• The Holy Spirit is the change agent—not me! For year I tried diligently to overcome certain sin patterns. But even though I’m a pretty disciplined person, I simply could not do it. Then God showed me that overcoming sin happens through partnership. He shows me the sin issue. I agree with Him about it, but tell Him how powerless I am to change. Then I ask Him to help. And He does!

These three key insights have changed the way I read and pray Scripture. I don’t gloss over the parts that draw attention to my sin—that would be like looking in the mirror, then walking away with dirt still on my face (see James 1:23-24). But now, convinced that God has provided for my sin, wants to be with me, even in my mess, and has given me the Holy Spirit to empower my transformation—coming face to face with my sin patterns is no longer the crushing thing it used to be.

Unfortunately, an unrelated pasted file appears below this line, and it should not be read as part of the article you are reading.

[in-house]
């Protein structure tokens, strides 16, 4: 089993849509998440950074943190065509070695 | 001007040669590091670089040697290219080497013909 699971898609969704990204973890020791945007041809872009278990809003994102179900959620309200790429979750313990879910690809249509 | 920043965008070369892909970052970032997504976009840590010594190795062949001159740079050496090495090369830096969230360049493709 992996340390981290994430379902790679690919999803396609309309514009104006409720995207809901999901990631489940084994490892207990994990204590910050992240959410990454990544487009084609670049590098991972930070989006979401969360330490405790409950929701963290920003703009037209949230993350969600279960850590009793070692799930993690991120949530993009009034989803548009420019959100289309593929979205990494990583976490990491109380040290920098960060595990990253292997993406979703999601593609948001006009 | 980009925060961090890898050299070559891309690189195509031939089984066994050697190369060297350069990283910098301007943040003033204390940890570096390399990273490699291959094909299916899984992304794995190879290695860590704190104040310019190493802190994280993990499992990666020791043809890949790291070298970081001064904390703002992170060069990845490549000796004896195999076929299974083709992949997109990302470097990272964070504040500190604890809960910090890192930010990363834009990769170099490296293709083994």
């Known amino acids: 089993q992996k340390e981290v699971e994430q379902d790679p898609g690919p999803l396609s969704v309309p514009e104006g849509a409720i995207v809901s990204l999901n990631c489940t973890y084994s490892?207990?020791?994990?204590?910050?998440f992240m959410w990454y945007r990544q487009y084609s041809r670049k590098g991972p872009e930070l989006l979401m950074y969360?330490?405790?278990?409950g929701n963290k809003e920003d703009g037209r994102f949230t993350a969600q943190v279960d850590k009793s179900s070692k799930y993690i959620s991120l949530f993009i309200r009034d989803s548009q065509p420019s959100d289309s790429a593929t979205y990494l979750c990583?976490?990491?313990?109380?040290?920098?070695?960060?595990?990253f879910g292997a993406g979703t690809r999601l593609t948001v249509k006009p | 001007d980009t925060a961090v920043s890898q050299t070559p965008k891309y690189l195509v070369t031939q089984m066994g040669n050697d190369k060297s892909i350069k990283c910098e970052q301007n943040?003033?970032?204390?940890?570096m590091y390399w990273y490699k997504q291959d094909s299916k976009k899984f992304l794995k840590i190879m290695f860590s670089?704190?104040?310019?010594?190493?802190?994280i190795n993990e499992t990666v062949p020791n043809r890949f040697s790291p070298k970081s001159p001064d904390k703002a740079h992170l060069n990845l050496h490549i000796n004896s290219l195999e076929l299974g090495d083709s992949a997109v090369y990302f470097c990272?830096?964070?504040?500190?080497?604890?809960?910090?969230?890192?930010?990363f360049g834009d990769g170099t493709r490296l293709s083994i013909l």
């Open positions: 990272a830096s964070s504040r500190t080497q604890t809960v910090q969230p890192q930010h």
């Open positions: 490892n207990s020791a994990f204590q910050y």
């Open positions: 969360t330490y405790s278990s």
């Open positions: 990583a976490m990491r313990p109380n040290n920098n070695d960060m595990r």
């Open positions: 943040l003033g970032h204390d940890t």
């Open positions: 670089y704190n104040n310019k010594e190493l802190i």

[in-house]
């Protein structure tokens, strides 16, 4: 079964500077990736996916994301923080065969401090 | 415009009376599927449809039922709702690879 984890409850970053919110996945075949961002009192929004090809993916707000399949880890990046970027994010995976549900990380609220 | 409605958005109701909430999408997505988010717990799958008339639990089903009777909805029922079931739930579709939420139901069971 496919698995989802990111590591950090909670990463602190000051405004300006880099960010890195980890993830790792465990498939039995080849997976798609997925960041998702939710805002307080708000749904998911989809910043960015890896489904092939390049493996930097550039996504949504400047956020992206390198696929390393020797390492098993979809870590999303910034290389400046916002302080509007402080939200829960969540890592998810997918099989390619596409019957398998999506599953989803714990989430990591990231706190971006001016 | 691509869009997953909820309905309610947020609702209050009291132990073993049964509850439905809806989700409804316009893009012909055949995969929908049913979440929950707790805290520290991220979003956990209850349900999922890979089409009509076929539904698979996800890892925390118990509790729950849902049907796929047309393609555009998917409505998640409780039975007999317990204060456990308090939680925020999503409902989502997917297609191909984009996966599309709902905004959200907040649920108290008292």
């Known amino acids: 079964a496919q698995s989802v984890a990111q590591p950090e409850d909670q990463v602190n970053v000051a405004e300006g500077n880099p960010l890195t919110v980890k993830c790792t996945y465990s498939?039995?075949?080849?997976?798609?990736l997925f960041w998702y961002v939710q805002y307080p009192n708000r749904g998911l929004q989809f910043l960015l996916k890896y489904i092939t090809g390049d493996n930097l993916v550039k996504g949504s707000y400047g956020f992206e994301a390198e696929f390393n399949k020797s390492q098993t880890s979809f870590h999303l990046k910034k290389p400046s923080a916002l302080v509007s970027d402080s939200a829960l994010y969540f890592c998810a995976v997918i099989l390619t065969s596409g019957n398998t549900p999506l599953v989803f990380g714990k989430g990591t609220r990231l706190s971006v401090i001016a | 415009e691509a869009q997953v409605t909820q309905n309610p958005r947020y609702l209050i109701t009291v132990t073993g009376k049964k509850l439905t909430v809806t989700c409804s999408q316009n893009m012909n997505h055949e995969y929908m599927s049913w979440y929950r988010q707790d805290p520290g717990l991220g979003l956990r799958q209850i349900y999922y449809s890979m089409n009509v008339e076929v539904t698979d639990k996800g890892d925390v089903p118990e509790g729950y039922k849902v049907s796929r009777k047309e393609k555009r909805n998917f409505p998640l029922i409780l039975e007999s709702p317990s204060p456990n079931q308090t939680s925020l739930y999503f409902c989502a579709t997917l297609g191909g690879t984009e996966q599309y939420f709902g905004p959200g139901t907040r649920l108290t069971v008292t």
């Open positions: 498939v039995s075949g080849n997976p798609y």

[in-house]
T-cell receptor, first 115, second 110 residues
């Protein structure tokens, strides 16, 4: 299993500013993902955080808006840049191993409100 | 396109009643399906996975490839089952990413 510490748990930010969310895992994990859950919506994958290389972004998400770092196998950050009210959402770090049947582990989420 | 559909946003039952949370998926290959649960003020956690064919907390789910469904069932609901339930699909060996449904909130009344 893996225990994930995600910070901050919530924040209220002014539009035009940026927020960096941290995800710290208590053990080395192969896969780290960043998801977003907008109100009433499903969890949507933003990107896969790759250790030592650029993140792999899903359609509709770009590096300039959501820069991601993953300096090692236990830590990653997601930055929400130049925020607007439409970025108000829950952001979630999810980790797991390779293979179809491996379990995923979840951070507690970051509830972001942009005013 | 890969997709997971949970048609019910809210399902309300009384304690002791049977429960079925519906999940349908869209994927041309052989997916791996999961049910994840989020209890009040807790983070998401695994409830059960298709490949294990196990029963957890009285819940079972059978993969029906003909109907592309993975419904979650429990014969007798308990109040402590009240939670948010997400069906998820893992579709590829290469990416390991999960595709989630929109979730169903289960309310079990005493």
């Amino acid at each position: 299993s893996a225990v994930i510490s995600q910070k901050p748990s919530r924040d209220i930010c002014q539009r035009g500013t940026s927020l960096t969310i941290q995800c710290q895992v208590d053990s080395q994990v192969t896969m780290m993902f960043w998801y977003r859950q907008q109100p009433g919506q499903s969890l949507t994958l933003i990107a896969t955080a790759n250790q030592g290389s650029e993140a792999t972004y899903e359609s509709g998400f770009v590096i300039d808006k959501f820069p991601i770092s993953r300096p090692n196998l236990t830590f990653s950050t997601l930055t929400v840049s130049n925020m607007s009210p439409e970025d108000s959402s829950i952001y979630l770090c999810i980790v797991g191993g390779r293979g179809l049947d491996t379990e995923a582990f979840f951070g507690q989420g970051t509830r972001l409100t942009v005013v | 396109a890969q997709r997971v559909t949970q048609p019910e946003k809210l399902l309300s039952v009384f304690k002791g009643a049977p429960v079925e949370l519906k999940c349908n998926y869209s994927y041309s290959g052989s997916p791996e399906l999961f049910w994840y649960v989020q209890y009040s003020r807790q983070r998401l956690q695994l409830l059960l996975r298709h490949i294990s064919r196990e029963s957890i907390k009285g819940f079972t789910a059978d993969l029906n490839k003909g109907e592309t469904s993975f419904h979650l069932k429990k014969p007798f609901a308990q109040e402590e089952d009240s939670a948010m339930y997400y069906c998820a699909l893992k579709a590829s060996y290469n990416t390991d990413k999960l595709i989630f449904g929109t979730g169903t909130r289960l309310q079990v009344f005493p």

Now when I read something convicting, I don’t just close my Bible and walk away, discouraged. I dialogue with Him about it. Suppose, for example that the sin I’ve encountered in that day’s reading is the sin of arguing. My conversation with God might go something like this.

Oh, Father, I do that!

God: I know.

I’m sorry! And I just did that the other day with so-and-so! Please forgive me!

God: I do! I love you!

Why is arguing such a struggle for me, Father?

God: Because you don’t trust Me. You think you have to defend yourself or no one else will. That’s not true. I am your shield and your defender. I protect you as the apple of my eye!

Oh, Father, You’re right. I don’t need to take up my own cause—You have promised to be my Advocate.  Help me to remember that, to really believe that. Holy Spirit, in the time of temptation, before I even open my mouth, remind me that Abba will take care of me. Give me both the desire and the power to resist arguing my own case.